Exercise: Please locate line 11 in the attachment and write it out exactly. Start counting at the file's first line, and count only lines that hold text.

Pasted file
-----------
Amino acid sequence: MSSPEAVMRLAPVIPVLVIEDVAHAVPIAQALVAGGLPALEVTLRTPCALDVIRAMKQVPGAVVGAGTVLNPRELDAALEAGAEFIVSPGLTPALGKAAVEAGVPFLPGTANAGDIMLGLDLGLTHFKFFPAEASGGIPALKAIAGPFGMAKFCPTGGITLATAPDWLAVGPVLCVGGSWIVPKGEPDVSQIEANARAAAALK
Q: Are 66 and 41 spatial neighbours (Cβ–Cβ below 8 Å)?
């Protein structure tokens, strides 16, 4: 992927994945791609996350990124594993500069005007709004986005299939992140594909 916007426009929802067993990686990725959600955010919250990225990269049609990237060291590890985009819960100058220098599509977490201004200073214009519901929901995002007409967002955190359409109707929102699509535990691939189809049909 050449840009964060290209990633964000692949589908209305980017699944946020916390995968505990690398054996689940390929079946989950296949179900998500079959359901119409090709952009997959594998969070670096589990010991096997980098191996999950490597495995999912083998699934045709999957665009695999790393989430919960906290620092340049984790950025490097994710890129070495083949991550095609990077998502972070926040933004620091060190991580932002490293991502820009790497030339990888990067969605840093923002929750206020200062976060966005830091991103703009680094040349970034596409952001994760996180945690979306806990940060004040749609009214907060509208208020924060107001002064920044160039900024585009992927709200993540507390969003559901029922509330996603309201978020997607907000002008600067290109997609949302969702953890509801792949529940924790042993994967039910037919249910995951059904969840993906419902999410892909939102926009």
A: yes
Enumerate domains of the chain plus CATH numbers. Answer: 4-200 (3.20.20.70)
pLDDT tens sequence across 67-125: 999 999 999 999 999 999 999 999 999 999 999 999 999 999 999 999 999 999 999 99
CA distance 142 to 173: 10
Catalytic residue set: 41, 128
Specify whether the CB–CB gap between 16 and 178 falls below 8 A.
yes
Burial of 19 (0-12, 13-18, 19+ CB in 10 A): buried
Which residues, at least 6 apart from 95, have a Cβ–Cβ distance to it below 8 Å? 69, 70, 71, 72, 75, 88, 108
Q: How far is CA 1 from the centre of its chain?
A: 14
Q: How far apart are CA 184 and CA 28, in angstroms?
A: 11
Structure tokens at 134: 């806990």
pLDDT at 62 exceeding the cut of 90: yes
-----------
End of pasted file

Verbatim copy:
Burial of 19 (0-12, 13-18, 19+ CB in 10 A): buried